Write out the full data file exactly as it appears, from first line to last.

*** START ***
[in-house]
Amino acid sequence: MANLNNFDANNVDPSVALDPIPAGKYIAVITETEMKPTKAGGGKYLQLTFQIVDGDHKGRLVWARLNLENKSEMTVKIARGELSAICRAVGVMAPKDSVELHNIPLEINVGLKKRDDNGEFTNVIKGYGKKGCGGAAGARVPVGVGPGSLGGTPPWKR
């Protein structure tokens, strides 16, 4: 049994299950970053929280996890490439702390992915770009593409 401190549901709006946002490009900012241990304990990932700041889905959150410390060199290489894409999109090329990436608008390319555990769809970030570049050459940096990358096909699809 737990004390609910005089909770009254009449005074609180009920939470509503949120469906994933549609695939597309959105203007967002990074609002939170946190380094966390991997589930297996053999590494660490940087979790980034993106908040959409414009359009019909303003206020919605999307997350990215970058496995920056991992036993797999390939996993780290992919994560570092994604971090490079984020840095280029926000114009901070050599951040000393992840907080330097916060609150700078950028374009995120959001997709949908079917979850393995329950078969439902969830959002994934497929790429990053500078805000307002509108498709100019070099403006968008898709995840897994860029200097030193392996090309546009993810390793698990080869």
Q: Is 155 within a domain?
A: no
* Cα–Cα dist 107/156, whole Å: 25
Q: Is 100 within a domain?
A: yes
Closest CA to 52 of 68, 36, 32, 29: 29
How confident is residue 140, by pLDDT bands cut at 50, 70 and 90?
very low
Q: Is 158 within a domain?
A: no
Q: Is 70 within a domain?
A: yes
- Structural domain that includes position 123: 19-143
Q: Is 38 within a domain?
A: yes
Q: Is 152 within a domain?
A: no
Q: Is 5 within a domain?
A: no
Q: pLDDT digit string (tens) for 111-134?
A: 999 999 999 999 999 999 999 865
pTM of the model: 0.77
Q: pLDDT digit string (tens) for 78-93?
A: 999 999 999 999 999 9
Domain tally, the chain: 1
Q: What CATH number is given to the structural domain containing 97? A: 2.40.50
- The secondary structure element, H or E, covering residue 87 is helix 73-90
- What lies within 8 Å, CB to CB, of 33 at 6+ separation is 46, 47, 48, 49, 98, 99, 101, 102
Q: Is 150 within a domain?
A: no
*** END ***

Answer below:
[in-house]
Amino acid sequence: MANLNNFDANNVDPSVALDPIPAGKYIAVITETEMKPTKAGGGKYLQLTFQIVDGDHKGRLVWARLNLENKSEMTVKIARGELSAICRAVGVMAPKDSVELHNIPLEINVGLKKRDDNGEFTNVIKGYGKKGCGGAAGARVPVGVGPGSLGGTPPWKR
């Protein structure tokens, strides 16, 4: 049994299950970053929280996890490439702390992915770009593409 401190549901709006946002490009900012241990304990990932700041889905959150410390060199290489894409999109090329990436608008390319555990769809970030570049050459940096990358096909699809 737990004390609910005089909770009254009449005074609180009920939470509503949120469906994933549609695939597309959105203007967002990074609002939170946190380094966390991997589930297996053999590494660490940087979790980034993106908040959409414009359009019909303003206020919605999307997350990215970058496995920056991992036993797999390939996993780290992919994560570092994604971090490079984020840095280029926000114009901070050599951040000393992840907080330097916060609150700078950028374009995120959001997709949908079917979850393995329950078969439902969830959002994934497929790429990053500078805000307002509108498709100019070099403006968008898709995840897994860029200097030193392996090309546009993810390793698990080869």
Q: Is 155 within a domain?
A: no
* Cα–Cα dist 107/156, whole Å: 25
Q: Is 100 within a domain?
A: yes
Closest CA to 52 of 68, 36, 32, 29: 29
How confident is residue 140, by pLDDT bands cut at 50, 70 and 90?
very low
Q: Is 158 within a domain?
A: no
Q: Is 70 within a domain?
A: yes
- Structural domain that includes position 123: 19-143
Q: Is 38 within a domain?
A: yes
Q: Is 152 within a domain?
A: no
Q: Is 5 within a domain?
A: no
Q: pLDDT digit string (tens) for 111-134?
A: 999 999 999 999 999 999 999 865
pTM of the model: 0.77
Q: pLDDT digit string (tens) for 78-93?
A: 999 999 999 999 999 9
Domain tally, the chain: 1
Q: What CATH number is given to the structural domain containing 97? A: 2.40.50
- The secondary structure element, H or E, covering residue 87 is helix 73-90
- What lies within 8 Å, CB to CB, of 33 at 6+ separation is 46, 47, 48, 49, 98, 99, 101, 102
Q: Is 150 within a domain?
A: no